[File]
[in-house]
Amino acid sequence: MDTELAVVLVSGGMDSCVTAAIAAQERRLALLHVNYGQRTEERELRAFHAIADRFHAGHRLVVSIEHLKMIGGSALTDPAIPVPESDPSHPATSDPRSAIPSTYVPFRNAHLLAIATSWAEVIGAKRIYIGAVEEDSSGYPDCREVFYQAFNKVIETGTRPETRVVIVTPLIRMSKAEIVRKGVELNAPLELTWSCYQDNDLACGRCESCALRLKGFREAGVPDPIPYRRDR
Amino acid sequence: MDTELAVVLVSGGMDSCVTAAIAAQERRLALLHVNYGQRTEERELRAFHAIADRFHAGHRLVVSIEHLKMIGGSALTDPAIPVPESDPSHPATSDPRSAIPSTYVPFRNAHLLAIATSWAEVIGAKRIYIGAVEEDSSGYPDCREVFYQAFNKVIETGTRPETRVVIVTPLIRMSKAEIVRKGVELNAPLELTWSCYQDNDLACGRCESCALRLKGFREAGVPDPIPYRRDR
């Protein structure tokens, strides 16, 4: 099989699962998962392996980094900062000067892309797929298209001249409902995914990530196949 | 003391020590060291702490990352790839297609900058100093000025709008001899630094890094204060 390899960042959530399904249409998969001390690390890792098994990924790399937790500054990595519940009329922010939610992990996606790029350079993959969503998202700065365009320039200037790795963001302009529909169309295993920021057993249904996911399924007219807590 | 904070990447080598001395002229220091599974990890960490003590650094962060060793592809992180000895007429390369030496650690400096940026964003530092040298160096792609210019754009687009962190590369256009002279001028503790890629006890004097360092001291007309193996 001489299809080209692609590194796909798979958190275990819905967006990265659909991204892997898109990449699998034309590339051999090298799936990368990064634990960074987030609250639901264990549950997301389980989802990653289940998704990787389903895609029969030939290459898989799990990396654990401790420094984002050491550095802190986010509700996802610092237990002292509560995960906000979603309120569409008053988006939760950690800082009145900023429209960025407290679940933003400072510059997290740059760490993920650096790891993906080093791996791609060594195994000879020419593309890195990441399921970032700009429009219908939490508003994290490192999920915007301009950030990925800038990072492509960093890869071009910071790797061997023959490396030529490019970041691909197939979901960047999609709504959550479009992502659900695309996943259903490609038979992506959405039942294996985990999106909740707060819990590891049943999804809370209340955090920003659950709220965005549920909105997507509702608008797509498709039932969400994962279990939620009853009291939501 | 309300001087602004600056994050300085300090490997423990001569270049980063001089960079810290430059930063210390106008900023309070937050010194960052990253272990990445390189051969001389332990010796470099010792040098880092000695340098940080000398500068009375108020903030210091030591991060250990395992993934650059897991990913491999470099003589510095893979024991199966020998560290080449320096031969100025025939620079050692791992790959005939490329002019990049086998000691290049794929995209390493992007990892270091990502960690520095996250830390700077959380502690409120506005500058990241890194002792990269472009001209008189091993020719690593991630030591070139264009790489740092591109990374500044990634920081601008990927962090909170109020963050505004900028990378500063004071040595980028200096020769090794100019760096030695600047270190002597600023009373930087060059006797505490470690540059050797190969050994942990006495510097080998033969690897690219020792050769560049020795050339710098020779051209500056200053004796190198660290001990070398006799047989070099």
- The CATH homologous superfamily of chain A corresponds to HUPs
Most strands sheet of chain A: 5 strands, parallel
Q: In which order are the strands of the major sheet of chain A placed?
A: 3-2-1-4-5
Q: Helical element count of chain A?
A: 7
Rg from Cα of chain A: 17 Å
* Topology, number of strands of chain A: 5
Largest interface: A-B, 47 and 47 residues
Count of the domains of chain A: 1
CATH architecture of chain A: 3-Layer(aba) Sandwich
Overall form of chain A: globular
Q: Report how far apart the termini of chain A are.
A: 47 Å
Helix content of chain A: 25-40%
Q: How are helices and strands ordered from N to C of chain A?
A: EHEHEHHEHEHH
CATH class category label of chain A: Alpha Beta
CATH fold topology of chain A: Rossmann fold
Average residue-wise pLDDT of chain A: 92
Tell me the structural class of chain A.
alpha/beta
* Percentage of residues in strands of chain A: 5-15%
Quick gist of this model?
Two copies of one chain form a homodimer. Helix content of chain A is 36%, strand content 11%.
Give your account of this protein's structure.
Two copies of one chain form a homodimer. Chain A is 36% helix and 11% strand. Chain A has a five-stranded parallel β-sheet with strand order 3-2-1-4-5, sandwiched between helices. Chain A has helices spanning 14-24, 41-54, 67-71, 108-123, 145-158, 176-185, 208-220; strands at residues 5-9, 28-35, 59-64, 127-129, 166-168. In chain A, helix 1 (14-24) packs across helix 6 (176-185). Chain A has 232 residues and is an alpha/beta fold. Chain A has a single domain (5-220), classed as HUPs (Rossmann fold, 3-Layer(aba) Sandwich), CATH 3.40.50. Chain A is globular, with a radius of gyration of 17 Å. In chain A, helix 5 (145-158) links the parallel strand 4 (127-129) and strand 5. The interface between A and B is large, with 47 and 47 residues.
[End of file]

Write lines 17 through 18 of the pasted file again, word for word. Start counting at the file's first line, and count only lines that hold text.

Q: Report how far apart the termini of chain A are.
A: 47 Å